An informal meeting organized by the Federal Emergency Management Agency (FEMA) held last week in Clewiston has sent local officials into a frenzy trying to rally support from other lake communities, counties and the state to curb the increases in mandated flood insurance.
A representative from FEMA called the meeting a “resilience meeting,” and said the goal was to bring together local officials and FEMA to look at ways to mitigate flooding in the city.
In the days following the meeting, however, Clewiston’s mayor, city manager, city engineer and city attorney got together to appeal to officials in the communities surrounding Lake Okeechobee, as well as state and U.S. representatives and senators, to fight against the insurance rate hikes that Clewiston’s Mayor Phillip Roland says would be detrimental to the community.
“If this thing really comes to pass, there’s a possibility that the city of Clewiston’s flood insurance could go up — hell, I don’t even know — 1,000 percent? It could be increased by 10 times what it is now. … We’re a depressed area, with one of the highest unemployment rates in the state, and we just don’t need something like this in the city of Clewiston,” said Mayor Roland.
The rate increases for flood insurance became a hot topic last fall, as FEMA redrew flood maps across the country and defined “high risk” areas where residents would be required to purchase flood insurance if they have a federally backed mortgage.
The city of Clewiston is facing such extreme flood insurance rate hikes due in part to the security of the dike.
“The real thing now is that the Corps won’t certify the dike that it won’t be breached,” said Mayor Roland, speaking about the U.S. Army Corps of Engineers, which is in charge of certifying the dike for accreditation.
In an interview last September with John Campbell, public relations supervisor for the Army Corps Jacksonville District, Campbell said the Corps “does not have engineers that will certify that the dike will not fail with a 21-foot lake level for a one-percent event.” A one-percent event being a flood that has a one-percent chance of occurring in a given year.
The rhetoric seems not to have changed in the last nine months, but Mayor Roland believes the city of Clewiston, as well as other communities surrounding the lake, would not flood the way they have in years past.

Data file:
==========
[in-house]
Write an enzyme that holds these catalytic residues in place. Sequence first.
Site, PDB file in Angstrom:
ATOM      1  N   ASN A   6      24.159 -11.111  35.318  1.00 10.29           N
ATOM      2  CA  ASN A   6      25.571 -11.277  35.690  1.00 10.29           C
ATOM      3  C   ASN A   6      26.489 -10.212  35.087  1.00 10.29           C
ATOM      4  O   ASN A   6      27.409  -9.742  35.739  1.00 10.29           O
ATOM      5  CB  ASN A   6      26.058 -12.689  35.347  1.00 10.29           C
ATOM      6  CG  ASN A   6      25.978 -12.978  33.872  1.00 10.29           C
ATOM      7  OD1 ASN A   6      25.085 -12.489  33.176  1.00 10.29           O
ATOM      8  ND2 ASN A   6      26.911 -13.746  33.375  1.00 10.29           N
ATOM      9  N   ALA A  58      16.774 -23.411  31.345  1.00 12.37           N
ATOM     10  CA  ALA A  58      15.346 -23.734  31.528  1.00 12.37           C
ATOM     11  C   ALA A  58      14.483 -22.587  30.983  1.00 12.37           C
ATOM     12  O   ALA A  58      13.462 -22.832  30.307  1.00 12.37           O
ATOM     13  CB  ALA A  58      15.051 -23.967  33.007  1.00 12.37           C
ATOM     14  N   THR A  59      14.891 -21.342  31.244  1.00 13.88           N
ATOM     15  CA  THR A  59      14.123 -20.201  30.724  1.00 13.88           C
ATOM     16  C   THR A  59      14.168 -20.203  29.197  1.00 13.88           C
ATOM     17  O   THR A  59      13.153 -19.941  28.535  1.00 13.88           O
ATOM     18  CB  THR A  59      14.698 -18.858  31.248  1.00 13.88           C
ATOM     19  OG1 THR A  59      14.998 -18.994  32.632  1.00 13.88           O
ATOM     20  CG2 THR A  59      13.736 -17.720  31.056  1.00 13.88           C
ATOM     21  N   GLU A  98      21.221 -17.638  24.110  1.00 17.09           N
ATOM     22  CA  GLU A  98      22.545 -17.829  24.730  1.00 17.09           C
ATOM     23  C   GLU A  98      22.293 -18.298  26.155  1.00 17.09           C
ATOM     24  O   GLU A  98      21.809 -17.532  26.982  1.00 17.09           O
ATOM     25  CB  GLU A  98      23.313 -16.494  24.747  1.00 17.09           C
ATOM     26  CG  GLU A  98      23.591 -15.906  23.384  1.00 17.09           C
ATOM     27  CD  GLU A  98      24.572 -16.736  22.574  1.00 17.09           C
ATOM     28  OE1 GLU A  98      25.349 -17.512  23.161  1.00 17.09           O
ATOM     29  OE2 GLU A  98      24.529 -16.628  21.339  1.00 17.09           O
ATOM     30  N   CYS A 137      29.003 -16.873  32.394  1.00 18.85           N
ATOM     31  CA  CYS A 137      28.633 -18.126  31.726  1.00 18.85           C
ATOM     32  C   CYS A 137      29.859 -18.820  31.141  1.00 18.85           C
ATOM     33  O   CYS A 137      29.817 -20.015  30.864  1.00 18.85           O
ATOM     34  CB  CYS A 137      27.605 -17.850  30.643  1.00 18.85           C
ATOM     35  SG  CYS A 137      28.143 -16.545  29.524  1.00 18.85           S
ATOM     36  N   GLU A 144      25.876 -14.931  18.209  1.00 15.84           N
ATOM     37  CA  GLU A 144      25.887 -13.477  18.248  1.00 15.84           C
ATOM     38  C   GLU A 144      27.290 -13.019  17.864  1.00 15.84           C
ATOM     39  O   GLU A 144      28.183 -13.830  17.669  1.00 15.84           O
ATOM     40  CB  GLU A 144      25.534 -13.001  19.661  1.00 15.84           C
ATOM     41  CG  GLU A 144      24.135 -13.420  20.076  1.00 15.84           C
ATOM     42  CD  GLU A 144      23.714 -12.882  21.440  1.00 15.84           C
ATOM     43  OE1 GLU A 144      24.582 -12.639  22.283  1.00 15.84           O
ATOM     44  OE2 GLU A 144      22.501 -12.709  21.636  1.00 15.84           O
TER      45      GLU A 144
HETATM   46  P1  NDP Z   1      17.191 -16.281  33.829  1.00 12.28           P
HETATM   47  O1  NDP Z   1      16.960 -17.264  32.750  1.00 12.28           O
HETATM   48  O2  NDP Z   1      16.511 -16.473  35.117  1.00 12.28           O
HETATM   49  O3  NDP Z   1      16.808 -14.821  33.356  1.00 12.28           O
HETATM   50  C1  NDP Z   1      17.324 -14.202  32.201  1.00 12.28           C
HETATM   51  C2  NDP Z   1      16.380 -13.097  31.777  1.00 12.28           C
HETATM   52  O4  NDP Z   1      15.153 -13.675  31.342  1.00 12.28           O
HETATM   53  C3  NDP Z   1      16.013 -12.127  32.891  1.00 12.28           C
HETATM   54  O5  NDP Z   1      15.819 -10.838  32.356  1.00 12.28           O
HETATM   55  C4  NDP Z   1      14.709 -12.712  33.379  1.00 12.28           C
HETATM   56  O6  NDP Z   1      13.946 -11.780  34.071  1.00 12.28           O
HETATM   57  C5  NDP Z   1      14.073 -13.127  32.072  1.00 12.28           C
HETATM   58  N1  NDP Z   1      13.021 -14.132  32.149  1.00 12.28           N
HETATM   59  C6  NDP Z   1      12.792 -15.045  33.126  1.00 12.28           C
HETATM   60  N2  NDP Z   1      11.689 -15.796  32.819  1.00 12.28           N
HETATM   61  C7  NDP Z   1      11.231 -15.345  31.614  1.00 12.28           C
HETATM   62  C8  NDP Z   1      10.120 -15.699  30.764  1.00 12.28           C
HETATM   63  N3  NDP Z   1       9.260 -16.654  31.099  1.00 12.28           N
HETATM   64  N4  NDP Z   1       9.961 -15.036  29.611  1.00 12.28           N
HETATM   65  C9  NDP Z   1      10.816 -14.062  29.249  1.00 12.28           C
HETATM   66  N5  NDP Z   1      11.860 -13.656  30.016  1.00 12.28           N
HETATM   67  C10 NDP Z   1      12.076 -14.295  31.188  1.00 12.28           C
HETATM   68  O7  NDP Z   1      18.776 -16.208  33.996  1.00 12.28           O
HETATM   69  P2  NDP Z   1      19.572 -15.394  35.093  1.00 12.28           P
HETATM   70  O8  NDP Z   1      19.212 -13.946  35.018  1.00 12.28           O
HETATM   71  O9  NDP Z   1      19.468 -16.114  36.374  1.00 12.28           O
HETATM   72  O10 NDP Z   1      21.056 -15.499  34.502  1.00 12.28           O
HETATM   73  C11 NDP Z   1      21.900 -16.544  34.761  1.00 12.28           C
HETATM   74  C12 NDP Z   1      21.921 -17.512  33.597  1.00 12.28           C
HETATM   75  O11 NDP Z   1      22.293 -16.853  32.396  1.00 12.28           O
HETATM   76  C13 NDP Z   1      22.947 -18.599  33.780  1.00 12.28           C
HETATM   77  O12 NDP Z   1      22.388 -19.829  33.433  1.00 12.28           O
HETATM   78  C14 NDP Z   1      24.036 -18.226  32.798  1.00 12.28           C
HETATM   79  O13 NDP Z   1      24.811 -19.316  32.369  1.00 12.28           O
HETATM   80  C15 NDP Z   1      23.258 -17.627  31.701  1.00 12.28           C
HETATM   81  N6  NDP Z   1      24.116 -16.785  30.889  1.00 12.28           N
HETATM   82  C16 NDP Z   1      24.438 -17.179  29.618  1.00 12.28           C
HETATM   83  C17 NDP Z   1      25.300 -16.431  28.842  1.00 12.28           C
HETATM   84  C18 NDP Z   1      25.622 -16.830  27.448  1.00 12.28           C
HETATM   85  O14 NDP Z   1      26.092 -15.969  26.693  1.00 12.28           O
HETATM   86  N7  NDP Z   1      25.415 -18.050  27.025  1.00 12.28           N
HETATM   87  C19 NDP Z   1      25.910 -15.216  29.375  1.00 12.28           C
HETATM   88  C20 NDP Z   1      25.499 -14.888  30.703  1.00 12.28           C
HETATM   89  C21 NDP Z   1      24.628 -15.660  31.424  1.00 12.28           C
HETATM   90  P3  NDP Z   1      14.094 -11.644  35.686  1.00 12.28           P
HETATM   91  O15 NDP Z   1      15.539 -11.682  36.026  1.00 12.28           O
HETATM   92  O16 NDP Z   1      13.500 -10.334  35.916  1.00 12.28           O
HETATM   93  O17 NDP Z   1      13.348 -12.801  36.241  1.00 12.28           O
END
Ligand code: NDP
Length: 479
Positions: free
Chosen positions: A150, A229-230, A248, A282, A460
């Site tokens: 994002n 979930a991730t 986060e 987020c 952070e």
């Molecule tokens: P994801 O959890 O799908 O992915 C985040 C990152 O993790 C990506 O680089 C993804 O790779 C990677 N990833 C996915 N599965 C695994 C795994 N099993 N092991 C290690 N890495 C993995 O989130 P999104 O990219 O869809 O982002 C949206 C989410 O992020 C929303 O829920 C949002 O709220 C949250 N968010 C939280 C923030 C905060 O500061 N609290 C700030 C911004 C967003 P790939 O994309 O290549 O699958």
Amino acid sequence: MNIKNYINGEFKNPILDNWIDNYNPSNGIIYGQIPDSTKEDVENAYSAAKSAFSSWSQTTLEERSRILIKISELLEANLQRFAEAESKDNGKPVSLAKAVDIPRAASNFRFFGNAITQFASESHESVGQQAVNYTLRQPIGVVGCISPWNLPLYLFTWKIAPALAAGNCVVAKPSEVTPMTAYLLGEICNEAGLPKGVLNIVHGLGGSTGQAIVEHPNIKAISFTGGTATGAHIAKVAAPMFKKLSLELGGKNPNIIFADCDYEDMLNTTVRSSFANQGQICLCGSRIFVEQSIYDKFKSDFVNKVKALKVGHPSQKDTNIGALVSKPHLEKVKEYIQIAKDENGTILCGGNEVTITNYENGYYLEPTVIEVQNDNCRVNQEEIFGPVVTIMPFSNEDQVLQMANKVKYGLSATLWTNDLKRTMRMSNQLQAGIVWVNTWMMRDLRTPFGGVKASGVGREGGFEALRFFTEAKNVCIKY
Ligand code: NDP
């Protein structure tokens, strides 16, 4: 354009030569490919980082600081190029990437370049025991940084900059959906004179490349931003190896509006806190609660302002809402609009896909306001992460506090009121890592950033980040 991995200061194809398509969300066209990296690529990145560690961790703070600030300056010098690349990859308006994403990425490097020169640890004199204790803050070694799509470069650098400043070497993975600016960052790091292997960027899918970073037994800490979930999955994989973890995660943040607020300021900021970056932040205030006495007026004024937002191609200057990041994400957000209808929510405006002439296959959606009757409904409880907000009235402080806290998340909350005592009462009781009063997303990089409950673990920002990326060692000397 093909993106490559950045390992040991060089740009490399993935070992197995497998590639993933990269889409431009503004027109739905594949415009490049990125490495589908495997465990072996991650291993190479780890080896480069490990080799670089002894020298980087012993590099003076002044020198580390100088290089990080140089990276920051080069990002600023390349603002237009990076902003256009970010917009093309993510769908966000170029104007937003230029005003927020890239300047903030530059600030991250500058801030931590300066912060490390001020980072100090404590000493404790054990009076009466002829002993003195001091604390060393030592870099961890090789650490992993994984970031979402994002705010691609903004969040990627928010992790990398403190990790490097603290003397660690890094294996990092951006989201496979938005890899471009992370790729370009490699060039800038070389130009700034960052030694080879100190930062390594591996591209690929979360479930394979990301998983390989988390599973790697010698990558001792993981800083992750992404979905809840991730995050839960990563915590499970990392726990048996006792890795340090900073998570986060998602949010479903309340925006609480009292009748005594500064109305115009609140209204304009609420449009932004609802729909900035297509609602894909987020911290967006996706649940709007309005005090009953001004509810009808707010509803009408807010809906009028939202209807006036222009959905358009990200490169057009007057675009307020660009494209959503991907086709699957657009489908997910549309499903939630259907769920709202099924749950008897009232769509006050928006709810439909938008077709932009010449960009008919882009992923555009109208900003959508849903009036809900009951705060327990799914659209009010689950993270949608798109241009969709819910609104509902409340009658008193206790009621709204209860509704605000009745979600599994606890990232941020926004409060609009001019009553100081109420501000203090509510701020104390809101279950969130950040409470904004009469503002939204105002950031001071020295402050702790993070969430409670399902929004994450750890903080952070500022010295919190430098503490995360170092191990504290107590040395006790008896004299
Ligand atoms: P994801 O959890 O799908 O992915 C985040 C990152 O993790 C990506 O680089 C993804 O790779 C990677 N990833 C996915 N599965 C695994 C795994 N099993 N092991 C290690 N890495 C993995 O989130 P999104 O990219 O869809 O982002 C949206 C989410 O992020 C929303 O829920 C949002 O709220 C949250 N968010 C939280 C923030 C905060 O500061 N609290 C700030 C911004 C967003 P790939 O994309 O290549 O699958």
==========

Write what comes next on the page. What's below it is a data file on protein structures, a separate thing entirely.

“My contention is that we haven’t been flooded since 1947, and that’s when we had the hurricane that had the whole southern part of Florida under water. That kind of hurricane could hit us today and we wouldn’t be under water. We might have wet feet for a day or so, but we wouldn’t be under four feet of water. The flooding had nothing to do with the dike. It had to do with rainfall and the fact that we didn’t have the capability to drain the town as we do now,” said Mayor Roland.
Apart from modern-day drainage systems and the onset of large-scale agriculture in the area, which Mayor Roland said also attributes to the inability for the area to flood like it did in the past, Mayor Roland also said the lake level will never reach 21-feet — the level the Corps used when determining to certify the dike or not.
“That lake won’t go to 21 feet. The Corps of Engineers won’t let that happen. It’s a misnomer to figure a 21-foot lake, and that’s what I told FEMA and they agreed with me!” said Mayor Roland.
So as FEMA continues to educate officials and residents on the consequences of the new flood maps and discusses ways to mitigate flooding in certain areas, Clewiston’s top officials are working on a resolution to send to the cities surrounding the lake, as well as the state legislature, to fight the insurance rate hikes that face the residents of Clewiston.
“I really don’t know what the outcome is going to be. But we’re going to fight for the city of Clewiston and I hope that we get support,” said the Mayor.